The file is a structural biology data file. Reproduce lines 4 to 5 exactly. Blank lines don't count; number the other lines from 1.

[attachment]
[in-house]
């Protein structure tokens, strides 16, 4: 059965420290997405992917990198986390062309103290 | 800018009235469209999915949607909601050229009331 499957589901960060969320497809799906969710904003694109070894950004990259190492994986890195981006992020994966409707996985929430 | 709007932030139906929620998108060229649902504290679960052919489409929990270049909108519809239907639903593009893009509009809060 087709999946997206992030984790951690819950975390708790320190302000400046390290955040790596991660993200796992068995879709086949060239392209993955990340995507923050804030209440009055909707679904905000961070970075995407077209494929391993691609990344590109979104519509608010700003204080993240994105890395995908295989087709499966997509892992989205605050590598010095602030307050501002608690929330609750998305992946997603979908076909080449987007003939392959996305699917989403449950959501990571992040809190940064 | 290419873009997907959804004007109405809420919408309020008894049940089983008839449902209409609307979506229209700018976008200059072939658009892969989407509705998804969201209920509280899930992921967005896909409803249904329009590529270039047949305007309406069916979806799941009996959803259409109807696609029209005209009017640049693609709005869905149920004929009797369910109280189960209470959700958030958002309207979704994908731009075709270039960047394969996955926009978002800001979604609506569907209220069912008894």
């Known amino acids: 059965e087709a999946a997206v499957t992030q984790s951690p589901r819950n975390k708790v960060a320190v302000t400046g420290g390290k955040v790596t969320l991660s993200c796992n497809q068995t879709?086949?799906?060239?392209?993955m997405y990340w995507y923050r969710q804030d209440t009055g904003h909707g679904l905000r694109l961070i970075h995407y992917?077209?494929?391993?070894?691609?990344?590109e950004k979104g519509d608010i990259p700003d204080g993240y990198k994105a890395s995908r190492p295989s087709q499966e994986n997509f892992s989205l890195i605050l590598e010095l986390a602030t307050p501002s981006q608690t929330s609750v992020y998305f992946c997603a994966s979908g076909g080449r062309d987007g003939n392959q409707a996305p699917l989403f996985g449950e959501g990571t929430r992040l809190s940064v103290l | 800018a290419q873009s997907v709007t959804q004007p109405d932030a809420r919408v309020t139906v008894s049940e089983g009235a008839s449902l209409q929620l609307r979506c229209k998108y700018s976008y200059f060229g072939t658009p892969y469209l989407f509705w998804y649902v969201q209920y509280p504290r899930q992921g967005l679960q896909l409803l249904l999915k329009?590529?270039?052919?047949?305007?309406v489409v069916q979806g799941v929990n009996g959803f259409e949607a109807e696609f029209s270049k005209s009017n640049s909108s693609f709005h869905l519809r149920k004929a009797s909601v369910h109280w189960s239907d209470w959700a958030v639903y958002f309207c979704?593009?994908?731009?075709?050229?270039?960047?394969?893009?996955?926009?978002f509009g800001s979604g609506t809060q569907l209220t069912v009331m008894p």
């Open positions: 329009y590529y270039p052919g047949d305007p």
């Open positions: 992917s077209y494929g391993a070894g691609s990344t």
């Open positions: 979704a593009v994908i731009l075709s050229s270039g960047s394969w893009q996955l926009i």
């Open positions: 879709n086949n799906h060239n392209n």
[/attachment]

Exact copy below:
């Open positions: 329009y590529y270039p052919g047949d305007p």
């Open positions: 992917s077209y494929g391993a070894g691609s990344t």